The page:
The story Teehan+Lax isn’t telling

Brian Krogsgard
3 min readJan 16, 2015

I have long admired the work of Teehan+Lax. Every time they write a case study, I pore over their process, thinking, and execution. They’ve done some outstanding work, including being an early design partner for Medium.

In a few weeks we will be moving to the San Francisco Bay Area. This will mean saying goodbye to family, friends, Toronto, and Teehan+Lax.

There has been a lot of thought and consideration that went into this decision. Since this will be the last thing we make as part of Teehan+Lax, we thought it was only appropriate to try and tell the whole story…

What follows reads like one of the Teehan+Lax case studies I’ve learned to love. Then I read a footnote that referenced a portion of the post on deciding when to sell:

1 Although, we were ultimately not acquired by Facebook, this framework helped us, and key members of our company, make the decision to join Facebook.

That’s a heck of a footnote. So, this isn’t an acquisition, but an acquihire; I wonder if the whole team had the option to go?


A couple minutes of searching Twitter and I find what I was looking for: evidence that about 40 people got laid off.

I know an acquihire where much of a team gets left out is nothing new. But it’s unexpected from this company.

Especially considering their supposed considerations:

Some questions we asked ourselves…

What will I be expected to do?

Will the immediate and long term of the job be interesting to me?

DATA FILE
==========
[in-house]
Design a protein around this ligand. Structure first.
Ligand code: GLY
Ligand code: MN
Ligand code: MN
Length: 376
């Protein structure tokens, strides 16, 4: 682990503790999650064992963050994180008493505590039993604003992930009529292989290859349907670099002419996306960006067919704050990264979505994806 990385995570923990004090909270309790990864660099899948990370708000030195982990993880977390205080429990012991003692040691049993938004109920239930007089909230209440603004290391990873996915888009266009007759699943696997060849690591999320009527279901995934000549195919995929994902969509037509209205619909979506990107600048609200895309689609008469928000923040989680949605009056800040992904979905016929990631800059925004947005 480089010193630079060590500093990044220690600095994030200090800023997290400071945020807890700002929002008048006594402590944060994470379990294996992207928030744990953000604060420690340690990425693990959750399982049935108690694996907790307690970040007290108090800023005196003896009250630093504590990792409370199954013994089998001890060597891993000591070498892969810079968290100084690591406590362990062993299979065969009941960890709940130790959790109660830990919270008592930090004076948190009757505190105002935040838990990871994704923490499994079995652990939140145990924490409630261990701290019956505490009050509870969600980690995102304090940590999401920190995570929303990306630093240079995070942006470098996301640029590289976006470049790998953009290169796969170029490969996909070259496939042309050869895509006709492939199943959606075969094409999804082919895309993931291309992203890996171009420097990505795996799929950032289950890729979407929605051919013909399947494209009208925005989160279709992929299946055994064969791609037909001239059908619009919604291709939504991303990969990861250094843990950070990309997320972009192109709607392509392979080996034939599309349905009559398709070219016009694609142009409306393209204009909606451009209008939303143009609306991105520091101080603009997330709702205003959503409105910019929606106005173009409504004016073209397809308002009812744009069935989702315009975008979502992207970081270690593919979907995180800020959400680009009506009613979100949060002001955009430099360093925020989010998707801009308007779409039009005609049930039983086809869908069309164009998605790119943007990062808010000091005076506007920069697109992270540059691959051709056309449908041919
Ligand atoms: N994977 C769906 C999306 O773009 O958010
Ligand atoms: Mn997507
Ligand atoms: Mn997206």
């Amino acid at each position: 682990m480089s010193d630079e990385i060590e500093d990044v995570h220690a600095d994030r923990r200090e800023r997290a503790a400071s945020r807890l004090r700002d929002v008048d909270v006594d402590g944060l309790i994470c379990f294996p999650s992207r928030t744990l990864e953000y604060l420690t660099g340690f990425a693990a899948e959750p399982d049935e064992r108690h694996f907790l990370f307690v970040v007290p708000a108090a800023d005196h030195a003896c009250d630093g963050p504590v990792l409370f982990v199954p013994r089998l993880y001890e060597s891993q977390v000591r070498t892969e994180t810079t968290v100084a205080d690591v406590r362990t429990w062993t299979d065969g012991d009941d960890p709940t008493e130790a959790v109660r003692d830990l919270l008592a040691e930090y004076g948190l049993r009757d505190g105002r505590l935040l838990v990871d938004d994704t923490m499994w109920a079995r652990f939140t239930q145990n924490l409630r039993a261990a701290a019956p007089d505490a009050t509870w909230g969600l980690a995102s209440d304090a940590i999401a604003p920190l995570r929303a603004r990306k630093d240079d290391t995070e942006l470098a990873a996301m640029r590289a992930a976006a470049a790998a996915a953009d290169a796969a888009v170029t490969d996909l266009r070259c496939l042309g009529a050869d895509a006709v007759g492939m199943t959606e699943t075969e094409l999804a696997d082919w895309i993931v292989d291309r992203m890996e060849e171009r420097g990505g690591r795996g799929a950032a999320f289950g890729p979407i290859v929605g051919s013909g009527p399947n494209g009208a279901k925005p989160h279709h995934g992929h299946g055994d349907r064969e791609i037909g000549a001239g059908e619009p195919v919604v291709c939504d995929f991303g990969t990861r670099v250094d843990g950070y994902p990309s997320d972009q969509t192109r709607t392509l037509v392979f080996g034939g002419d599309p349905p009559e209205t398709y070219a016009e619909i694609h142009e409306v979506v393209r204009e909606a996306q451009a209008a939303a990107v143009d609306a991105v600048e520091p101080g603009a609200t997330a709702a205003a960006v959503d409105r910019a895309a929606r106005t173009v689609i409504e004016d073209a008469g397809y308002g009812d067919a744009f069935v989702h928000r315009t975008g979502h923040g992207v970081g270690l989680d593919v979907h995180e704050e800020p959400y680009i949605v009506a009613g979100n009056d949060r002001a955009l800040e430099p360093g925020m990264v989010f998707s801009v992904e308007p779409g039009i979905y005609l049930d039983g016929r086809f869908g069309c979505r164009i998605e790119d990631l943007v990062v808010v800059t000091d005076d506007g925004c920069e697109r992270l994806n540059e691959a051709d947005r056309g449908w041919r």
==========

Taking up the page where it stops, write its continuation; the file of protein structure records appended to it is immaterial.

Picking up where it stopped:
Do I like the people I will be working with?

Does the company’s vision interest me?

Does the company’s culture align with my values?

Does this opportunity set me up to do something interesting after? (i.e. will you develop a set of skills that benefit you long term)

Will I be successful here?

What would prevent me from being successful?

Which apparently included coworkers:

We also needed to ask these questions on behalf of our co-workers without them being involved in the process. This lead us to run through endless scenarios trying to balance the needs of those who would join us at Facebook and those who would not.

Except now that we know 40 people won’t be joining them, perhaps it wasn’t that simple.

These guys owned a company, and were seemingly at the top of the consulting world for many years. They can do what they want.

But to read that post, and then see that so many weren’t included (or, to be fair, may have chosen just not to go), I think it could’ve done with a lot more real talk and a lot less decoration.

They shut down their company to go to Facebook for (seemingly) pretty great money, for them. That’s fine, but I can’t say I’m not disappointed. If they couldn’t be satisfied after 12 years doing what they were doing, it gives a pretty sad representation of client work at its supposed best.

I’m not trying to judge them for their decision. I’ve never been in their shoes. I just wish they would tell the whole story, even the parts that hurt a little bit.

On the upside, Toronto (and distributed companies) have a great opportunity to hire some talented folks now.

PS: I’m the editor of Post Status, a news & information site for WordPress professionals. I cover stuff like this, and much more, over there; but it’s usually in regard to the WordPress realm. I figured I’d publish this on Medium, because I’ve always wanted to write something on Medium and I enjoy irony.

Brian Krogsgard

I'm the Editor of Post Status, where I blog about WordPress.